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Fifteen Anglo-Saxon Cures for Minor Medical Problems

How did people Anglo-Saxon England treat a headache or indigestion? Here are fifteen cures for minor ailments from the Lacucgna, which include what to do if your finger nail falls off, and how Jesus Christ cured Peter’s toothache.Recently, researchers in the United Kingdom discovered that an Anglo-Saxon remedy for eye infections is effective against the bacteria Methicillin-resistant Staphylococcus aureus (MRSA) – click here to read about it – which has prompted interest in the possibilities medieval cures has for modern-day medicine.
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Podcasts

10 Moments in the Invention of Guns and Gunpowder

The invention of gunpowder, followed by weapons that could make use of it, is one of the most important developments in military history. The technology emerged in China in the eighth-century, and would spread throughout Asia and Europe during the Middle Ages.Here is our list of ten key moments in the development of guns and gunpowder:804 – Qing Xuzi is the first person to record the recipe that makes gunpowder.
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The Problem of Mayda, an Island Appearing on Medieval Maps

The Problem of Mayda, an Island Appearing on Medieval MapsBy William H. BabcockGeographical Review, Vol. 9, No. 4 (1920)Introduction: Of all the legendary islands and island names on the medieval maps, Mayda has been the most enduring. The shape of the island has generally approximated a crescent; its site most often has been far west of lower Brittany and more or less nearly southwest of Ireland; the spelling of the name sometimes has varied to Maida, Mayd, Mayde, Asmaida, or Asmayda.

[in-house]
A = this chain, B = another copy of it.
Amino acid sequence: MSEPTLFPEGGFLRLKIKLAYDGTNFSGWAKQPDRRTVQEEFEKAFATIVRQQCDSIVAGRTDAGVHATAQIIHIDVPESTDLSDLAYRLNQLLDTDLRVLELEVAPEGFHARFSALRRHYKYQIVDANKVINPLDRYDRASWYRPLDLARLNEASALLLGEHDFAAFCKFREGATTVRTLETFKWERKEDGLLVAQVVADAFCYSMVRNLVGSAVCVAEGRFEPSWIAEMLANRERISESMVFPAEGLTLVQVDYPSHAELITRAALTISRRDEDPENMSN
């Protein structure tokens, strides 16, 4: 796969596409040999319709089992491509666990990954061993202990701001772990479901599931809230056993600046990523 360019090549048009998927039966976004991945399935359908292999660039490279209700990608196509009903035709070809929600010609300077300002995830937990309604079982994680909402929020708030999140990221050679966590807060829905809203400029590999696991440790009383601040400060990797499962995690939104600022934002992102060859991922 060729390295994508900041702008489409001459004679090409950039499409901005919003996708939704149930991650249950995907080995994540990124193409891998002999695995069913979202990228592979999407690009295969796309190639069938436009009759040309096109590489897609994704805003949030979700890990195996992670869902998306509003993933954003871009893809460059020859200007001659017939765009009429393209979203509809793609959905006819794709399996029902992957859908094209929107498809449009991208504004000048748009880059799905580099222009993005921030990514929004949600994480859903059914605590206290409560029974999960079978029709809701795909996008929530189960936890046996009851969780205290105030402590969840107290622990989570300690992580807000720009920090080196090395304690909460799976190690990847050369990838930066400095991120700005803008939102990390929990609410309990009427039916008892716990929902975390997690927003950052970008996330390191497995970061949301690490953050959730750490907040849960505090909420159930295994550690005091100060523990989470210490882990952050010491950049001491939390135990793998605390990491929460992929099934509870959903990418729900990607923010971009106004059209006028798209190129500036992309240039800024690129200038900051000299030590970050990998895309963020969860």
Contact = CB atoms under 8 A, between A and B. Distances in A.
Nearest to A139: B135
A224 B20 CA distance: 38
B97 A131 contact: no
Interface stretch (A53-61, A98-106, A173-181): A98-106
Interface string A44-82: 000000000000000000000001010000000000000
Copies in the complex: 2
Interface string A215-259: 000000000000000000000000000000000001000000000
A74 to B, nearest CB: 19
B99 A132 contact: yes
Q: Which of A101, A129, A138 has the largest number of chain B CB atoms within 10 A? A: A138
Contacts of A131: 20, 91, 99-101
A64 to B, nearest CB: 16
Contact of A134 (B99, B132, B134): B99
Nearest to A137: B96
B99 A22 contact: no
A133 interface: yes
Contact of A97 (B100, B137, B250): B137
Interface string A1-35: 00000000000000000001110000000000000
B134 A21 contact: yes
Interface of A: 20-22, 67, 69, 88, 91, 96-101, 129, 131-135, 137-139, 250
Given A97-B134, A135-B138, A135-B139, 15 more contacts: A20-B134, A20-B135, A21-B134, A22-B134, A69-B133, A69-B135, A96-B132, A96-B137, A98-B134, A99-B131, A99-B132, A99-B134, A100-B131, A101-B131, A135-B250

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Roots, Replica, Replay: European Medievalisms after 1945

Roots, Replica, Replay: European Medievalisms after 1945By Valentin GroebnerPráticas da História: Journal on Theory, Historiography and Uses of the Past, Vol.4 (2017)Abstract: Since the end of the 18th century, the Middle Ages were, in the learned culture of European elites, much more than simply a historical period.
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Curtiss H-4 3492 from the Front

Curtiss H-4 3492 from the Front Here we see Curtiss H-4 Small America serial 3592 on some hard standing. The circular rim around the engines suggest this aircraft has been given Anzani engines, a change made by the RNAS to try and improve its performance.
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Leprosy and Plague in St Giles in the Fields

By Rebecca RidealIn a curious quirk of history, the epicentre of the Great Plague of 1665 was also the location of London’s primary medieval leprosy hospital. To the likes of Samuel Pepys, Nell Gwynn and Charles II, St Giles in the Fields was London’s largest outer parishes. Close to the capital’s burgeoning playhouses, it was a dirty, disorganised and poverty-stricken suburb of ramshackle tenements (just under 2000 households in total) and narrow streets, containing inns, brothels, butchers, watchmakers, booksellers, beltmakers, justices of the peace and nobility.
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